While there are multiple film festivals identified by the abbreviation TIFF, the Transilvania International Film Festival is the only one to have hired fellow countryman Cristi Puiu to shape its visual advertising. Earlier this year, Puiu was given the task of creating 20 promotional spots to get the word out on TIFF (Romania's first international film festival), which was preparing for its 12th edition. With renowned Romanian actress Luminița Gheorghiu on board, Puiu got to work proving that a cohesive whole could be just as strong as its individual parts.

Upon viewing this series of trailers, it grows eminently clear that they should be viewed as two distinct stories. The first 10, free of dialogue, portray a woman (Gheorghiu) going about her life as an acute observer of her environment. Whether she be trying on multiple wigs in a public bathroom (as a discrete man with a bloodied nose runs in to wash his face) or waiting in the cold for a bus that may or may not arrive, the woman is going about her life with multiple responsibilities and a lot weighing on her mind. This later escalates as we see her outside what appears to be a prison, waiting rather patiently for her significant other. They dine at a fancy restaurant, spend a few hours in a hotel room and eventually part ways back at the prison, its giant doors opening and closing as if for the final time. Calmly morose and quietly humorous — the final segment features the woman stuck on a train platform next to a bearded man enamored with chewing an unhealthy amount of bubble gum — this 10-part story feels complete while still casting its net wide with surmounting complexities.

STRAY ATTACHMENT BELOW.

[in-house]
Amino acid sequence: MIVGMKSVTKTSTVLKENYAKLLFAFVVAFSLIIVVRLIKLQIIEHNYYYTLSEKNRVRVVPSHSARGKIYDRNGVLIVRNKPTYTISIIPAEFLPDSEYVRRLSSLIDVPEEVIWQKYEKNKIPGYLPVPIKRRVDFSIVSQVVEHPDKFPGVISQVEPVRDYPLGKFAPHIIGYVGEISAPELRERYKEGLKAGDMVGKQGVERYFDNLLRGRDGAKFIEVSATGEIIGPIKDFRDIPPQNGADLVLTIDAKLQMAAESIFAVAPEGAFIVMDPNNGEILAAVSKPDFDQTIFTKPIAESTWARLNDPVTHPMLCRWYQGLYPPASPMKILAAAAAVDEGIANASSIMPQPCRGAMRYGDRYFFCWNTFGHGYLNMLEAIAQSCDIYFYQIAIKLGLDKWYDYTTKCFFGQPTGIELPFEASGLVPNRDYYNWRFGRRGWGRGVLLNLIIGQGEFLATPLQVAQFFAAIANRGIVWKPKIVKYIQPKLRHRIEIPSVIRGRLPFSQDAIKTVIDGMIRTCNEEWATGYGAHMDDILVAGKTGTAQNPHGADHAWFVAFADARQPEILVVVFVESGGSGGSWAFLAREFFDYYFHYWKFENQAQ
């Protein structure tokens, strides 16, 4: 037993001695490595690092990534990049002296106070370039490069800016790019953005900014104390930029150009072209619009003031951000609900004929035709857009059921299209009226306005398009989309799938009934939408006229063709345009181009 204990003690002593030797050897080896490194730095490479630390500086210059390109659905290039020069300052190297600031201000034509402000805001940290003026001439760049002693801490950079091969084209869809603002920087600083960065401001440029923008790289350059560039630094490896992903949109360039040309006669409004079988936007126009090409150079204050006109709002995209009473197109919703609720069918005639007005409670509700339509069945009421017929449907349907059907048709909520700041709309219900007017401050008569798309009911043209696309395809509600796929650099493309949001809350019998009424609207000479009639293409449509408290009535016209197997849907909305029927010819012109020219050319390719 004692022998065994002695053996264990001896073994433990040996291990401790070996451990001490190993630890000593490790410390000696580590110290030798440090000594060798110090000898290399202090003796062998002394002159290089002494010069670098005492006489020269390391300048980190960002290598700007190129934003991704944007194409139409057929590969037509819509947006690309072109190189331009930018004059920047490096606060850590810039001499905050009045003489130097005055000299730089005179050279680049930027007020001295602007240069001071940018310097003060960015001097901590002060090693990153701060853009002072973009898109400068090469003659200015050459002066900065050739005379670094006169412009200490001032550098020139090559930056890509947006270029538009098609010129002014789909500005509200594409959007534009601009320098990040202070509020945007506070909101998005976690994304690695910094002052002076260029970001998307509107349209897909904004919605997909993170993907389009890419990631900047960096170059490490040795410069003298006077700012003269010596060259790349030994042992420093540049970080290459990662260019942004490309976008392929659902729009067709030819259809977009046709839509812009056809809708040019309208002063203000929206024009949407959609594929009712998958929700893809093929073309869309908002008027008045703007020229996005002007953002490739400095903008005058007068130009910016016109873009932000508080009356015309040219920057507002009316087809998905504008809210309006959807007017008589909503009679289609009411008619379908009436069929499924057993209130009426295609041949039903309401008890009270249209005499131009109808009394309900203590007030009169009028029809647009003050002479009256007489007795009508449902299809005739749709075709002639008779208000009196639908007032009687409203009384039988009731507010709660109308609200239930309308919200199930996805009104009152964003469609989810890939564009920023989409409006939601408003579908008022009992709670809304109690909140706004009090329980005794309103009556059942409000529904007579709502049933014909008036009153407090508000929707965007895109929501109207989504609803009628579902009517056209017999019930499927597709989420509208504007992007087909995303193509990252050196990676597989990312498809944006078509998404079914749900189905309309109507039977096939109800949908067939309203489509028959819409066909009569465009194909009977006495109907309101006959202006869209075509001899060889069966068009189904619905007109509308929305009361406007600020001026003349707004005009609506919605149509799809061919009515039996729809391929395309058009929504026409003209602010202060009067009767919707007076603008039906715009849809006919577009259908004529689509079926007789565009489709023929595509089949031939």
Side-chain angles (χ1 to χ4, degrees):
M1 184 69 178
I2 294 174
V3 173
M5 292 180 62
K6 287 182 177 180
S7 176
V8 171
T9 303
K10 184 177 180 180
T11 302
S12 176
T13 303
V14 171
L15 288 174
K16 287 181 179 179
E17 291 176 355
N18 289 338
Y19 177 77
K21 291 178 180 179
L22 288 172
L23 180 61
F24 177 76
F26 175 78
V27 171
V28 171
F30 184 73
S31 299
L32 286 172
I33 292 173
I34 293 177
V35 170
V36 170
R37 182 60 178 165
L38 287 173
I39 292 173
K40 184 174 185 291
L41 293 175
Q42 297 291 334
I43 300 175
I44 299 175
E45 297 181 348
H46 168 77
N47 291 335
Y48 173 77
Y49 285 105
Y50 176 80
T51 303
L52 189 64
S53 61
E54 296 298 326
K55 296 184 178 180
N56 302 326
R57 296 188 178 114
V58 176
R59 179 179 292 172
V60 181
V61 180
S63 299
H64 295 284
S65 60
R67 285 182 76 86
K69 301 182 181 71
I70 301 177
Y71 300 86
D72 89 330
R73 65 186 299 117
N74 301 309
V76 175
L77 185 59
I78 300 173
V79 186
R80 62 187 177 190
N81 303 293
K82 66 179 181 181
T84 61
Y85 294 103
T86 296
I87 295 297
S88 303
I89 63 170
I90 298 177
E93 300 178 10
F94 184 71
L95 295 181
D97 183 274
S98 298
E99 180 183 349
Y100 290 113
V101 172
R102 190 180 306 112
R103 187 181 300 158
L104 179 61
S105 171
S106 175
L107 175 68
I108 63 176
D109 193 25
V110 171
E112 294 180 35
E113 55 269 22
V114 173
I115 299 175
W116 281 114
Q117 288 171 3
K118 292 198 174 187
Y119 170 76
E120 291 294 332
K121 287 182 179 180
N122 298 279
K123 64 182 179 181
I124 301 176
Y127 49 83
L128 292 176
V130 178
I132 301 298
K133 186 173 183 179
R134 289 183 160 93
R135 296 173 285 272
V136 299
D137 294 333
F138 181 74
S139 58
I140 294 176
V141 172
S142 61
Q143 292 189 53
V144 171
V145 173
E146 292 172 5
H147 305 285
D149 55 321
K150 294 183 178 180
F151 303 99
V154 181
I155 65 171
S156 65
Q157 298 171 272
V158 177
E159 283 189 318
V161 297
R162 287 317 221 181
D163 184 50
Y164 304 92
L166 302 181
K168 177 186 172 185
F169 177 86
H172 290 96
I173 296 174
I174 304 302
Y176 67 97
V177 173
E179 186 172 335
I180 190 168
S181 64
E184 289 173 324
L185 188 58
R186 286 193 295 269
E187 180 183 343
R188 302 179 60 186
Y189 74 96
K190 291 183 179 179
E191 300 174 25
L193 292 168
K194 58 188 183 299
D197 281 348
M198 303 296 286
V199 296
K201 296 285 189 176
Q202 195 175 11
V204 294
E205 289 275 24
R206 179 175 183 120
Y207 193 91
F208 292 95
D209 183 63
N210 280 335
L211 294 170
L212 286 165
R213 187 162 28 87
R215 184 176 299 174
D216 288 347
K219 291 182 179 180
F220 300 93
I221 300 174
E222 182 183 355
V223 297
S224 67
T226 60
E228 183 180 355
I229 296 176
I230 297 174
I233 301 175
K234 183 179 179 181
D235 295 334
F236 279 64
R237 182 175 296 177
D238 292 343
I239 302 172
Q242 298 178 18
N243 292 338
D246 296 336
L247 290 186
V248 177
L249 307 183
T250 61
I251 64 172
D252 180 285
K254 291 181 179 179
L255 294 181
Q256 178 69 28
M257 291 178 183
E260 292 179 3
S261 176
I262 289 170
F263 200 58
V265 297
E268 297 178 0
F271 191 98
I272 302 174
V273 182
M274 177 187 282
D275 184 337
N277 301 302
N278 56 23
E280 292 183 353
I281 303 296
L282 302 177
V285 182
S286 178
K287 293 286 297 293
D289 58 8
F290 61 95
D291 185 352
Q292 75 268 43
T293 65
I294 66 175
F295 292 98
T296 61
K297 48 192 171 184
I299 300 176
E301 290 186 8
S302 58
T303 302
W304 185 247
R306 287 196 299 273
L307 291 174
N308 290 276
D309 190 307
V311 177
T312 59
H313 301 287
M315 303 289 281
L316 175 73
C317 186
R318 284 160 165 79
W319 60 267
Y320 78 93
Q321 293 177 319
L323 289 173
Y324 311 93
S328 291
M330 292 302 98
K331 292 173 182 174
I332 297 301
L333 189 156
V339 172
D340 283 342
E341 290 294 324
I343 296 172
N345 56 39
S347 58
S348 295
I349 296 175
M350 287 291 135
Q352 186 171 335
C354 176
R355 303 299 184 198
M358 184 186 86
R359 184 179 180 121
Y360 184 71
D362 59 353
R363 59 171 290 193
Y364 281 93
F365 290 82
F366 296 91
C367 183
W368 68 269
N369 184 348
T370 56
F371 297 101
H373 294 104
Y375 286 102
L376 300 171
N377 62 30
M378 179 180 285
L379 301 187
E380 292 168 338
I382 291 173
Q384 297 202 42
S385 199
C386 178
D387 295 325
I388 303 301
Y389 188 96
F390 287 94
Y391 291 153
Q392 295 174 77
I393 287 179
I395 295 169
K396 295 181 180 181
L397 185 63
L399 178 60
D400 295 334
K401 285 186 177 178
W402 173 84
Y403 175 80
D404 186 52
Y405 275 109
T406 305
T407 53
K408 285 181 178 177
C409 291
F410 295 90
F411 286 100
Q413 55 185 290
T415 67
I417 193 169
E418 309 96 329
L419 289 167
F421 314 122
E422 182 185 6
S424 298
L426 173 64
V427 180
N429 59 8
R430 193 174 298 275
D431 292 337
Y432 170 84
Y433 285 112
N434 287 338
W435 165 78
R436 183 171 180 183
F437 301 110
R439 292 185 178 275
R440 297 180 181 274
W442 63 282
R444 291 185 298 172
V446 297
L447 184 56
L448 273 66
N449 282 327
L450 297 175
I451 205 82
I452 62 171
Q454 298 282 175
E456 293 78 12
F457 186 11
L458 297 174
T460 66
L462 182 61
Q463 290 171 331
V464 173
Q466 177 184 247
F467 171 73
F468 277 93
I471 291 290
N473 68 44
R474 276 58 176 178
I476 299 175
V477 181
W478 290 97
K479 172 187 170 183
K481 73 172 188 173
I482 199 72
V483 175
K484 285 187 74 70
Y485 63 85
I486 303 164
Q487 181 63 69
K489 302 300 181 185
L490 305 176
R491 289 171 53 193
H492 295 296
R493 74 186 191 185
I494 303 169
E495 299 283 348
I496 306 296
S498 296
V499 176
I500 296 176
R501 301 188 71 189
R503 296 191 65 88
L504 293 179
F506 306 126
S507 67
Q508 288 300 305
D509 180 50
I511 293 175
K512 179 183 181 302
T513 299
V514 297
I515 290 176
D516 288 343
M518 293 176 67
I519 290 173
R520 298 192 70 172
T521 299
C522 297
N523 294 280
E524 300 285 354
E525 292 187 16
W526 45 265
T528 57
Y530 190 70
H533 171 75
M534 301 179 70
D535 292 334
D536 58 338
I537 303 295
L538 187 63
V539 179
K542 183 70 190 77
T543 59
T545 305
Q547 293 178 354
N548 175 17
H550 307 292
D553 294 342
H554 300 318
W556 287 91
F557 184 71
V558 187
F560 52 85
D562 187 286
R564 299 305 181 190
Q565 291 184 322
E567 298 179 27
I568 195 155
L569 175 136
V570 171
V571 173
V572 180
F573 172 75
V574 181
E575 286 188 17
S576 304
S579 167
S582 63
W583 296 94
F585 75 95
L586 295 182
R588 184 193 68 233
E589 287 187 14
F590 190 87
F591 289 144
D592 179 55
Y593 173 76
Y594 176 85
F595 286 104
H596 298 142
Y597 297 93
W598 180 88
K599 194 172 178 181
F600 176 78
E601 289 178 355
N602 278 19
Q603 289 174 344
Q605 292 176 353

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The second series of trailers takes place on a highway in Bucharest, the camera placed in the backseat of a car behind a male driver and his female passenger (Gheorghiu again). The woman listens to the man's life-story, from his struggles with his ex-wife to his love for his daughter who he rarely sees anymore (“How can you build a relationship with a child in two hours every two weeks? “) and recounts her recent sleepwalking accidents, which greatly concern him. Wordplay and the joy of intimate conversation reign supreme here, the woman, not quite a stranger nor a friend, always inquiring with more questions. As the man discusses his upbringing, college experiences and current career — before concluding with a back-and-forth about the origin of their favorite foods—this extended conversation deepens as it continues forward.

Even if you've come across one or two of these brief trailers on the internet, Making Waves' free program, playing twice in our Amphitheater, offers a chance to properly view them in consecutive order. A narrative emerges as you watch, begging for your full attention and willingness to consume them all.